Moreover, since the judge started the trial not only in the absence of the defense counsel, but ONE MINUTE EARLY, that means that he judge did not care whether the defense counsel will or will not be present, and was extremely biased in favor of the prosecution, and was, in fact, helping the prosecution, and such a judge should have been removed from the case, and the case should have been retried in front of another judge.
But, as we know from Lee Ledell's case, even when the judge slept with a prosecutor from the prosecuting office without disclosing the fact to the defense, that was not enough to overturn the conviction, death sentence and even stay the execution.
The 11th Circuit ruled that, since it was the defense counsel's fault that he was late, the defendant simply waived his right to impeach the prosecution's witness, that's all. As simple as that.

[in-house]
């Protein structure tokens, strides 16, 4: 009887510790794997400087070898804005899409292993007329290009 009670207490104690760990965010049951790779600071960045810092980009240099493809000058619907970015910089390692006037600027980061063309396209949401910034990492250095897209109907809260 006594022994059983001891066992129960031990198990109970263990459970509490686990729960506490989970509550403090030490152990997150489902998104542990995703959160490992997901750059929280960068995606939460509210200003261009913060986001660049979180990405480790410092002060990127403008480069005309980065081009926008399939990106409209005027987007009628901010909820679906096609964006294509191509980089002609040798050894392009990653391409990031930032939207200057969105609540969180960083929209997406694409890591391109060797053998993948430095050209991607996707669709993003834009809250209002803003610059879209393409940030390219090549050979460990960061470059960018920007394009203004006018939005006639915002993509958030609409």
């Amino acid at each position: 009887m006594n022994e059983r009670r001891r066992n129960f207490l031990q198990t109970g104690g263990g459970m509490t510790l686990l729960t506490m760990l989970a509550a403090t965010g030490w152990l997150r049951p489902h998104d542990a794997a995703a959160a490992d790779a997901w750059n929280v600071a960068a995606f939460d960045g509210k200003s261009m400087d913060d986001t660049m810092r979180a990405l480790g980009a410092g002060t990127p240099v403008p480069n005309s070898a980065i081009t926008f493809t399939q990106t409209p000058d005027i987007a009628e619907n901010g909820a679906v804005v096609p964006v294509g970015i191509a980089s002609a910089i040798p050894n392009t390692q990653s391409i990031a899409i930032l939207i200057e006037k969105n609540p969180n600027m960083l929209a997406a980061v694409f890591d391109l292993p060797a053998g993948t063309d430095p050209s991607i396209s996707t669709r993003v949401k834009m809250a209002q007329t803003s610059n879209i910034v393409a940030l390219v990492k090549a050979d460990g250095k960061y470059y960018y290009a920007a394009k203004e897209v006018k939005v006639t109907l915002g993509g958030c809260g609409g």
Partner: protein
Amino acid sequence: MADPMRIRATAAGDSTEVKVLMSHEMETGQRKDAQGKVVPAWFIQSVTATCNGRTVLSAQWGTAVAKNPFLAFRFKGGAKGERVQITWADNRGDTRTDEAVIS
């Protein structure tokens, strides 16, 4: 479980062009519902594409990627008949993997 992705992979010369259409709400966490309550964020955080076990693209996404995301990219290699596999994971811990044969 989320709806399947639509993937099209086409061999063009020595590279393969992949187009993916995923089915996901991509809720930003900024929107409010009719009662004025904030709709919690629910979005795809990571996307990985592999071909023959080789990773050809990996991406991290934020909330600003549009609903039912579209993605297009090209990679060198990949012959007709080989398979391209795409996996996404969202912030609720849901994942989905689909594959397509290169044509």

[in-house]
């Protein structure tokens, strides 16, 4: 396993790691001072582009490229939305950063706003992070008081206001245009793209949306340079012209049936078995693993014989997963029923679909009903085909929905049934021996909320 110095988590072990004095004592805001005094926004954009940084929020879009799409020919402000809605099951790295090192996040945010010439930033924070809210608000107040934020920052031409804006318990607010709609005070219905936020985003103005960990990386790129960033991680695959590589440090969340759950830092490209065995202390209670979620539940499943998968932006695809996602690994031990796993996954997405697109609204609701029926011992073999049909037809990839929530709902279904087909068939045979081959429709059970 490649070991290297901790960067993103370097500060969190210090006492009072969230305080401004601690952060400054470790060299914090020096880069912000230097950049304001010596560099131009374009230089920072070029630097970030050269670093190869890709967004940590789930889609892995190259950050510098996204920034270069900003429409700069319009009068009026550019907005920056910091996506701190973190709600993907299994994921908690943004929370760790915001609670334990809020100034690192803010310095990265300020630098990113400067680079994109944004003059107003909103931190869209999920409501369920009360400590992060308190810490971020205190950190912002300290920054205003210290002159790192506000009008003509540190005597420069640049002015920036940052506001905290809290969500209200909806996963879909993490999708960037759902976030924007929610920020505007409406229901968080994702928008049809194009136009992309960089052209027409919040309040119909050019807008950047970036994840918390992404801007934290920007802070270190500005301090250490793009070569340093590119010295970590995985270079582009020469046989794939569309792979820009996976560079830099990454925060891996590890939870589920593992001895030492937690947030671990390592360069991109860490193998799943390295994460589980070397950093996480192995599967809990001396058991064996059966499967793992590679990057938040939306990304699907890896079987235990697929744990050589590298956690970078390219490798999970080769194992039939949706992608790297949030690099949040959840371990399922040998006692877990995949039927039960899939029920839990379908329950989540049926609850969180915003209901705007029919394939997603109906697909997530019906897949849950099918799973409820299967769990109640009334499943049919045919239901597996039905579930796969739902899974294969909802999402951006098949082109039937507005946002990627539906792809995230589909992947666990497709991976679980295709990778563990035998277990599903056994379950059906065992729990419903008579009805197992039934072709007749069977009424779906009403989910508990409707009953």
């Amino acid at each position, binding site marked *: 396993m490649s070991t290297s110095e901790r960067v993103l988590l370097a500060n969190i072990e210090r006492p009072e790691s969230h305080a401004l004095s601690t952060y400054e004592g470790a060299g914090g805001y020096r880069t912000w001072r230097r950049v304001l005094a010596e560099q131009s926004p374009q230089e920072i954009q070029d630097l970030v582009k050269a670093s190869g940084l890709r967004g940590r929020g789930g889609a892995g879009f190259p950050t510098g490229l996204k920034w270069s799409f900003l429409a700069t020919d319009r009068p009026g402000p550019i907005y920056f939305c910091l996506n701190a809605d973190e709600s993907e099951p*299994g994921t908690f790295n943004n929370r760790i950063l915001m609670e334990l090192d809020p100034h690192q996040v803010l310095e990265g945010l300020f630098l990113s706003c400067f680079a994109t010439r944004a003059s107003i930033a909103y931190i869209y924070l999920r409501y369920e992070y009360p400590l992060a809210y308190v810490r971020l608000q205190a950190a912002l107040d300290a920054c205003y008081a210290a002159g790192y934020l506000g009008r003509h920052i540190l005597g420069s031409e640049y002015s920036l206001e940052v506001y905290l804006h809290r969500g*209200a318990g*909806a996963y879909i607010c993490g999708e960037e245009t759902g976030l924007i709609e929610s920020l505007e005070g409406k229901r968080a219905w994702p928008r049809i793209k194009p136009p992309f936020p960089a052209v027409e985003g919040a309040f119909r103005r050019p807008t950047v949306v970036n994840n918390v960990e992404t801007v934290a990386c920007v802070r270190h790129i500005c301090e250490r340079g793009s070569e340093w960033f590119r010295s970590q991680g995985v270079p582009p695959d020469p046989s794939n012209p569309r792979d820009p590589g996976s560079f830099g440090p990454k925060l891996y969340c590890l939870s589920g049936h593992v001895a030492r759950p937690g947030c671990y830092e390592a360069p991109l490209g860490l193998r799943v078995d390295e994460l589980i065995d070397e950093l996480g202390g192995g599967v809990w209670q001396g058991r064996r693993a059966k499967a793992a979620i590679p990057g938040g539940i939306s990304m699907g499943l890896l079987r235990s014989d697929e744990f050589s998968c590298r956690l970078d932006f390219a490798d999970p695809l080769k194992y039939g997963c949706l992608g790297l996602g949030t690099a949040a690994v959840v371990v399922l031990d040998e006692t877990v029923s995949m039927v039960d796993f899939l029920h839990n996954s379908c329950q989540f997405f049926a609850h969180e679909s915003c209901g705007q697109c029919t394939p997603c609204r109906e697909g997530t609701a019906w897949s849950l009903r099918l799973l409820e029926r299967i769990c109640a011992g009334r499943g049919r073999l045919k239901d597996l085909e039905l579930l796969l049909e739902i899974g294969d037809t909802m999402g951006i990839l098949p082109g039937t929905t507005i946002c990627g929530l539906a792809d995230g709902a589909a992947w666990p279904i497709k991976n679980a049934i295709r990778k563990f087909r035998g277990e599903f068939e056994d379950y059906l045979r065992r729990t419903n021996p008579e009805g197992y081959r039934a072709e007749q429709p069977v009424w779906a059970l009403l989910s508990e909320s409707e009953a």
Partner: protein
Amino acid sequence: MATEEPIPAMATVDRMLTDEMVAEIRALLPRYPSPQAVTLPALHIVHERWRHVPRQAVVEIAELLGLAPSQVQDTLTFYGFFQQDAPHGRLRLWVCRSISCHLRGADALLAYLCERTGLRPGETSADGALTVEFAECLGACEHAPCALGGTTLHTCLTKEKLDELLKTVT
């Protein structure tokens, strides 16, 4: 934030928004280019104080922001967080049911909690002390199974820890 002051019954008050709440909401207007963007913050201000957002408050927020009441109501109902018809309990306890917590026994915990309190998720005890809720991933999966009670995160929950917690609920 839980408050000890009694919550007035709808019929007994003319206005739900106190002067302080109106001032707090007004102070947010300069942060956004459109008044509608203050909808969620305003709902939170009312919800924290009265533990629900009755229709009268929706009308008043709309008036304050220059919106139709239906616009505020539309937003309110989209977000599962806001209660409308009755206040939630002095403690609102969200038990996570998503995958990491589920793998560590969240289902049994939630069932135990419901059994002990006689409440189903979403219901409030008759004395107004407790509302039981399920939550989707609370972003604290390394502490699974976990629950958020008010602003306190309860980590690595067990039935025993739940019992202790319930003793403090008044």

After some verbal gymnastics, this is what the court "concluded",
rejecting this argument by the dissent:
Not to mention that the defense counsel cannot prepare for cross-examination properly, having missed a large portion of the testimony - a lot can be said in 7 minutes.
And, you know what is absolutely missing from the 281-page opinion, from the majority, concurrence AND dissenting opinions?
Any mentioning of JUDICIAL MISCONDUCT, and PROSECUTORIAL MISCONDUCT which is actually the big hairy and filthy mammoth in the room.
Why, please, tell me, did the trial judge consider it possible to continue with the trial and deposition of a prosecution's witness in the absence of the defense counsel?
And why did the prosecutor consider it possible to do that without objection to the judge that it is improper to continue in the absence of the defense counsel, because the case will be reversed for 6th Amendment violation?